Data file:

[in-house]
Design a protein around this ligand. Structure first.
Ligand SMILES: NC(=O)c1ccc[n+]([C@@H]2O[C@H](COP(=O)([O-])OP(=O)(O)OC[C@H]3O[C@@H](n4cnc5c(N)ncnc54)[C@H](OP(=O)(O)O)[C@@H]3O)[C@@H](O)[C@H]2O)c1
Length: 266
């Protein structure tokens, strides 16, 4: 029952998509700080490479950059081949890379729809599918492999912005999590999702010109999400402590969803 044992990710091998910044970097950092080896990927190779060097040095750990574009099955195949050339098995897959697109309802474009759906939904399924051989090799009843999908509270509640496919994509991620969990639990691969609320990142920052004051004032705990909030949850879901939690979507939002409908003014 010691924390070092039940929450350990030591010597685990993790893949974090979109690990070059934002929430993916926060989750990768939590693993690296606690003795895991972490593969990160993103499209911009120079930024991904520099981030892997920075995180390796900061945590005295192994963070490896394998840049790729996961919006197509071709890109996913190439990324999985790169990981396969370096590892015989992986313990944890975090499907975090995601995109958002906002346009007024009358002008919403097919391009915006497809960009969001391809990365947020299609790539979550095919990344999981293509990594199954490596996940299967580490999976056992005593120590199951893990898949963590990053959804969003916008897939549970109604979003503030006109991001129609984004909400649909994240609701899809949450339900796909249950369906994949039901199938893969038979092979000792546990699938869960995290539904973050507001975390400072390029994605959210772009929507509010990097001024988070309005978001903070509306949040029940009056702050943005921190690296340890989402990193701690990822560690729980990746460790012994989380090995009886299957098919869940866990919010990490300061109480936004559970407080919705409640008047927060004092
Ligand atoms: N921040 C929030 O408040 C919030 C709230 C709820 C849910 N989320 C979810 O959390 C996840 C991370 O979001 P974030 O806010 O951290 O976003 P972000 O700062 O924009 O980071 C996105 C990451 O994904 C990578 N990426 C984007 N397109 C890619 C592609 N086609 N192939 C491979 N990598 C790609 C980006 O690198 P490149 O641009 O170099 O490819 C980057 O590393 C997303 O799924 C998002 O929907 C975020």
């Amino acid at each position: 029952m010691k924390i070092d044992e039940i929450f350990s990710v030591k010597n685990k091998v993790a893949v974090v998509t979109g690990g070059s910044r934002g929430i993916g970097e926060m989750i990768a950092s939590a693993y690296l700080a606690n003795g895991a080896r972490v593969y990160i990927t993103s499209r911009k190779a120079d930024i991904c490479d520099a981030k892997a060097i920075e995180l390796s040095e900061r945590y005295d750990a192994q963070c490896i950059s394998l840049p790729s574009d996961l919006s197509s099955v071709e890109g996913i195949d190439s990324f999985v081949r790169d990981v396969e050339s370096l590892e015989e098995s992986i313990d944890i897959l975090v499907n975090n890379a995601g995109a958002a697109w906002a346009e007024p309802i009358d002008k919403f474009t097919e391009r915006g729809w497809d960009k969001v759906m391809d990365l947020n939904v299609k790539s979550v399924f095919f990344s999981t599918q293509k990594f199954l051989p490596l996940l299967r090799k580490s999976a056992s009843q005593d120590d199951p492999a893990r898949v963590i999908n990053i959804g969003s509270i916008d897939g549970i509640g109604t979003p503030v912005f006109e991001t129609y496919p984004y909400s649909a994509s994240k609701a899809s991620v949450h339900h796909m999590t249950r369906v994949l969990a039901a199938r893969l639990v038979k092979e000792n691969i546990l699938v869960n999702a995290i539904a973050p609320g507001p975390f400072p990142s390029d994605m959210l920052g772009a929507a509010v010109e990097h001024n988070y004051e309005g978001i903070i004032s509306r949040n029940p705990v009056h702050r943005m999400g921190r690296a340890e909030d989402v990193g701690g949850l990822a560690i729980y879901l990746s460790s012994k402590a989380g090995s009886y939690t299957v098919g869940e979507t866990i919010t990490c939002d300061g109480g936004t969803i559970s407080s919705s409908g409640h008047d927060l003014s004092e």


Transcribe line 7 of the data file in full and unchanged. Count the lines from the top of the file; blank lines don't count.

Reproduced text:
């Amino acid at each position: 029952m010691k924390i070092d044992e039940i929450f350990s990710v030591k010597n685990k091998v993790a893949v974090v998509t979109g690990g070059s910044r934002g929430i993916g970097e926060m989750i990768a950092s939590a693993y690296l700080a606690n003795g895991a080896r972490v593969y990160i990927t993103s499209r911009k190779a120079d930024i991904c490479d520099a981030k892997a060097i920075e995180l390796s040095e900061r945590y005295d750990a192994q963070c490896i950059s394998l840049p790729s574009d996961l919006s197509s099955v071709e890109g996913i195949d190439s990324f999985v081949r790169d990981v396969e050339s370096l590892e015989e098995s992986i313990d944890i897959l975090v499907n975090n890379a995601g995109a958002a697109w906002a346009e007024p309802i009358d002008k919403f474009t097919e391009r915006g729809w497809d960009k969001v759906m391809d990365l947020n939904v299609k790539s979550v399924f095919f990344s999981t599918q293509k990594f199954l051989p490596l996940l299967r090799k580490s999976a056992s009843q005593d120590d199951p492999a893990r898949v963590i999908n990053i959804g969003s509270i916008d897939g549970i509640g109604t979003p503030v912005f006109e991001t129609y496919p984004y909400s649909a994509s994240k609701a899809s991620v949450h339900h796909m999590t249950r369906v994949l969990a039901a199938r893969l639990v038979k092979e000792n691969i546990l699938v869960n999702a995290i539904a973050p609320g507001p975390f400072p990142s390029d994605m959210l920052g772009a929507a509010v010109e990097h001024n988070y004051e309005g978001i903070i004032s509306r949040n029940p705990v009056h702050r943005m999400g921190r690296a340890e909030d989402v990193g701690g949850l990822a560690i729980y879901l990746s460790s012994k402590a989380g090995s009886y939690t299957v098919g869940e979507t866990i919010t990490c939002d300061g109480g936004t969803i559970s407080s919705s409908g409640h008047d927060l003014s004092e």